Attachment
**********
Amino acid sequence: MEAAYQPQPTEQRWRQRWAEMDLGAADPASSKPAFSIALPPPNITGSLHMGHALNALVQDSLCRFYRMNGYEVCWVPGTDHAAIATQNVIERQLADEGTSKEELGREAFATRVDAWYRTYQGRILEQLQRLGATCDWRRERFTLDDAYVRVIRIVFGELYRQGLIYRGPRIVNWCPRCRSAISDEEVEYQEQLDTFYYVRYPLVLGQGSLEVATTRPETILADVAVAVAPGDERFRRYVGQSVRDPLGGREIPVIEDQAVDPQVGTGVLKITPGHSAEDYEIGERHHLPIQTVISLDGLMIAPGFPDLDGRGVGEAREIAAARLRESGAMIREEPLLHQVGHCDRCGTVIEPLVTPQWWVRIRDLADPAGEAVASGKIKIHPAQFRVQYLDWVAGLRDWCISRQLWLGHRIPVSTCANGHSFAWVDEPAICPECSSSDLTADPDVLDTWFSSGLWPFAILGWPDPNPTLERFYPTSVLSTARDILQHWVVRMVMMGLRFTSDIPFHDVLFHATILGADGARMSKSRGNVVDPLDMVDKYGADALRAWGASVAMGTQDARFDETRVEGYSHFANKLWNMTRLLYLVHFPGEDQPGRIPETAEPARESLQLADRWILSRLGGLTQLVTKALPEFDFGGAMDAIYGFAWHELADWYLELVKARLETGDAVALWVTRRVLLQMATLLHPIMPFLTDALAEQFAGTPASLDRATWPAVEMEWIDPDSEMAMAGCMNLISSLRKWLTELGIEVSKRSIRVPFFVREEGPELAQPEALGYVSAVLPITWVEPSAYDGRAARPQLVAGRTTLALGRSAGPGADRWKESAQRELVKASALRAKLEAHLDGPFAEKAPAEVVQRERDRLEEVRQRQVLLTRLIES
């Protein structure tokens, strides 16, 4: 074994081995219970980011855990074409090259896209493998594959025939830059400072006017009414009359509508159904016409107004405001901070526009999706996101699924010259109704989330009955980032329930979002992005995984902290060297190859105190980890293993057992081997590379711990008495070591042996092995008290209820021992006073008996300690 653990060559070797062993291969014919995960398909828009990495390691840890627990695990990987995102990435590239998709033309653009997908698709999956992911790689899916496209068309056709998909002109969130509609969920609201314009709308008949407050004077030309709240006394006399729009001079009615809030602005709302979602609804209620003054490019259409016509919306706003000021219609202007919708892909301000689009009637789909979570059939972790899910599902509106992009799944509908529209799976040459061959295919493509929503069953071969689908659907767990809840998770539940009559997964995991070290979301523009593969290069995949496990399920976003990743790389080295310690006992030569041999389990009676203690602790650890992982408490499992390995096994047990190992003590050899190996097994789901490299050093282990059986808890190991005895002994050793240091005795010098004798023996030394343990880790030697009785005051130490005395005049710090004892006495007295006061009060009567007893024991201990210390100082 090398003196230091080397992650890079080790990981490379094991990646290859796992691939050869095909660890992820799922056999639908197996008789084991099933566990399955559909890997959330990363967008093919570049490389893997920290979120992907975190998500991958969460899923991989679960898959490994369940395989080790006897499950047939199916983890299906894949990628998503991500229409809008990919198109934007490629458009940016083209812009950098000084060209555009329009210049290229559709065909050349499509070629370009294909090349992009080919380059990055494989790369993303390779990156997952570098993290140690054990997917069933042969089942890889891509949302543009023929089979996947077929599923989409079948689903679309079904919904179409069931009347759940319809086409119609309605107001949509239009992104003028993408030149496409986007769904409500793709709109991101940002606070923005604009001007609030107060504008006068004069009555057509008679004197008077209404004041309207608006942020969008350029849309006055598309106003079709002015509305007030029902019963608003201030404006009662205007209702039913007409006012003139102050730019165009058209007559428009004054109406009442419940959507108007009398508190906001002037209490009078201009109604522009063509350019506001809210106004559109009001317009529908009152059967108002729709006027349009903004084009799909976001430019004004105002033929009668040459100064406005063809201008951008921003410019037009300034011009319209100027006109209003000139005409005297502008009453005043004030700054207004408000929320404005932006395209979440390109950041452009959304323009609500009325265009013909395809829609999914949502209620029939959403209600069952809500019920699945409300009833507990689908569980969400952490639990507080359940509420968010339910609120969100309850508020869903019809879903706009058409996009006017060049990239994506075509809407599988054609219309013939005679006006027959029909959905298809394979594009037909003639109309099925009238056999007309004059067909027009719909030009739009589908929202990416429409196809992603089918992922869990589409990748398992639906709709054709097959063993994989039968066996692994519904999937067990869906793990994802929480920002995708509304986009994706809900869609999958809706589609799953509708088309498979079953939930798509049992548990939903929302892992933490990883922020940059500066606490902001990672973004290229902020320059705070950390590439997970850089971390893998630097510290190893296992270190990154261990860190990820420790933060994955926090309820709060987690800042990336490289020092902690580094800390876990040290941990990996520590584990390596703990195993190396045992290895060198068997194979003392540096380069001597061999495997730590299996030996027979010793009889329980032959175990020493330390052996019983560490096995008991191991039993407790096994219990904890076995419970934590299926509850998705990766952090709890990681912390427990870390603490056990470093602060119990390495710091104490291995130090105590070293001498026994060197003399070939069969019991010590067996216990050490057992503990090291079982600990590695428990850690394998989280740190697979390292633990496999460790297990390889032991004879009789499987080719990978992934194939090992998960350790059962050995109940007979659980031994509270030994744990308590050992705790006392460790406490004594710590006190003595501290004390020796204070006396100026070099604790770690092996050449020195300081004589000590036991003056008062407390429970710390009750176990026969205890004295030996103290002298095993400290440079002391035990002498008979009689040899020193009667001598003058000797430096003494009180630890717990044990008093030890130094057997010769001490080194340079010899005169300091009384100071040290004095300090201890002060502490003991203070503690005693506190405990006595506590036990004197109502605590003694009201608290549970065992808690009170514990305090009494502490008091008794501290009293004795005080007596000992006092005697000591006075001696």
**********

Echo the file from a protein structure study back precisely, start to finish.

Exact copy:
Amino acid sequence: MEAAYQPQPTEQRWRQRWAEMDLGAADPASSKPAFSIALPPPNITGSLHMGHALNALVQDSLCRFYRMNGYEVCWVPGTDHAAIATQNVIERQLADEGTSKEELGREAFATRVDAWYRTYQGRILEQLQRLGATCDWRRERFTLDDAYVRVIRIVFGELYRQGLIYRGPRIVNWCPRCRSAISDEEVEYQEQLDTFYYVRYPLVLGQGSLEVATTRPETILADVAVAVAPGDERFRRYVGQSVRDPLGGREIPVIEDQAVDPQVGTGVLKITPGHSAEDYEIGERHHLPIQTVISLDGLMIAPGFPDLDGRGVGEAREIAAARLRESGAMIREEPLLHQVGHCDRCGTVIEPLVTPQWWVRIRDLADPAGEAVASGKIKIHPAQFRVQYLDWVAGLRDWCISRQLWLGHRIPVSTCANGHSFAWVDEPAICPECSSSDLTADPDVLDTWFSSGLWPFAILGWPDPNPTLERFYPTSVLSTARDILQHWVVRMVMMGLRFTSDIPFHDVLFHATILGADGARMSKSRGNVVDPLDMVDKYGADALRAWGASVAMGTQDARFDETRVEGYSHFANKLWNMTRLLYLVHFPGEDQPGRIPETAEPARESLQLADRWILSRLGGLTQLVTKALPEFDFGGAMDAIYGFAWHELADWYLELVKARLETGDAVALWVTRRVLLQMATLLHPIMPFLTDALAEQFAGTPASLDRATWPAVEMEWIDPDSEMAMAGCMNLISSLRKWLTELGIEVSKRSIRVPFFVREEGPELAQPEALGYVSAVLPITWVEPSAYDGRAARPQLVAGRTTLALGRSAGPGADRWKESAQRELVKASALRAKLEAHLDGPFAEKAPAEVVQRERDRLEEVRQRQVLLTRLIES
């Protein structure tokens, strides 16, 4: 074994081995219970980011855990074409090259896209493998594959025939830059400072006017009414009359509508159904016409107004405001901070526009999706996101699924010259109704989330009955980032329930979002992005995984902290060297190859105190980890293993057992081997590379711990008495070591042996092995008290209820021992006073008996300690 653990060559070797062993291969014919995960398909828009990495390691840890627990695990990987995102990435590239998709033309653009997908698709999956992911790689899916496209068309056709998909002109969130509609969920609201314009709308008949407050004077030309709240006394006399729009001079009615809030602005709302979602609804209620003054490019259409016509919306706003000021219609202007919708892909301000689009009637789909979570059939972790899910599902509106992009799944509908529209799976040459061959295919493509929503069953071969689908659907767990809840998770539940009559997964995991070290979301523009593969290069995949496990399920976003990743790389080295310690006992030569041999389990009676203690602790650890992982408490499992390995096994047990190992003590050899190996097994789901490299050093282990059986808890190991005895002994050793240091005795010098004798023996030394343990880790030697009785005051130490005395005049710090004892006495007295006061009060009567007893024991201990210390100082 090398003196230091080397992650890079080790990981490379094991990646290859796992691939050869095909660890992820799922056999639908197996008789084991099933566990399955559909890997959330990363967008093919570049490389893997920290979120992907975190998500991958969460899923991989679960898959490994369940395989080790006897499950047939199916983890299906894949990628998503991500229409809008990919198109934007490629458009940016083209812009950098000084060209555009329009210049290229559709065909050349499509070629370009294909090349992009080919380059990055494989790369993303390779990156997952570098993290140690054990997917069933042969089942890889891509949302543009023929089979996947077929599923989409079948689903679309079904919904179409069931009347759940319809086409119609309605107001949509239009992104003028993408030149496409986007769904409500793709709109991101940002606070923005604009001007609030107060504008006068004069009555057509008679004197008077209404004041309207608006942020969008350029849309006055598309106003079709002015509305007030029902019963608003201030404006009662205007209702039913007409006012003139102050730019165009058209007559428009004054109406009442419940959507108007009398508190906001002037209490009078201009109604522009063509350019506001809210106004559109009001317009529908009152059967108002729709006027349009903004084009799909976001430019004004105002033929009668040459100064406005063809201008951008921003410019037009300034011009319209100027006109209003000139005409005297502008009453005043004030700054207004408000929320404005932006395209979440390109950041452009959304323009609500009325265009013909395809829609999914949502209620029939959403209600069952809500019920699945409300009833507990689908569980969400952490639990507080359940509420968010339910609120969100309850508020869903019809879903706009058409996009006017060049990239994506075509809407599988054609219309013939005679006006027959029909959905298809394979594009037909003639109309099925009238056999007309004059067909027009719909030009739009589908929202990416429409196809992603089918992922869990589409990748398992639906709709054709097959063993994989039968066996692994519904999937067990869906793990994802929480920002995708509304986009994706809900869609999958809706589609799953509708088309498979079953939930798509049992548990939903929302892992933490990883922020940059500066606490902001990672973004290229902020320059705070950390590439997970850089971390893998630097510290190893296992270190990154261990860190990820420790933060994955926090309820709060987690800042990336490289020092902690580094800390876990040290941990990996520590584990390596703990195993190396045992290895060198068997194979003392540096380069001597061999495997730590299996030996027979010793009889329980032959175990020493330390052996019983560490096995008991191991039993407790096994219990904890076995419970934590299926509850998705990766952090709890990681912390427990870390603490056990470093602060119990390495710091104490291995130090105590070293001498026994060197003399070939069969019991010590067996216990050490057992503990090291079982600990590695428990850690394998989280740190697979390292633990496999460790297990390889032991004879009789499987080719990978992934194939090992998960350790059962050995109940007979659980031994509270030994744990308590050992705790006392460790406490004594710590006190003595501290004390020796204070006396100026070099604790770690092996050449020195300081004589000590036991003056008062407390429970710390009750176990026969205890004295030996103290002298095993400290440079002391035990002498008979009689040899020193009667001598003058000797430096003494009180630890717990044990008093030890130094057997010769001490080194340079010899005169300091009384100071040290004095300090201890002060502490003991203070503690005693506190405990006595506590036990004197109502605590003694009201608290549970065992808690009170514990305090009494502490008091008794501290009293004795005080007596000992006092005697000591006075001696």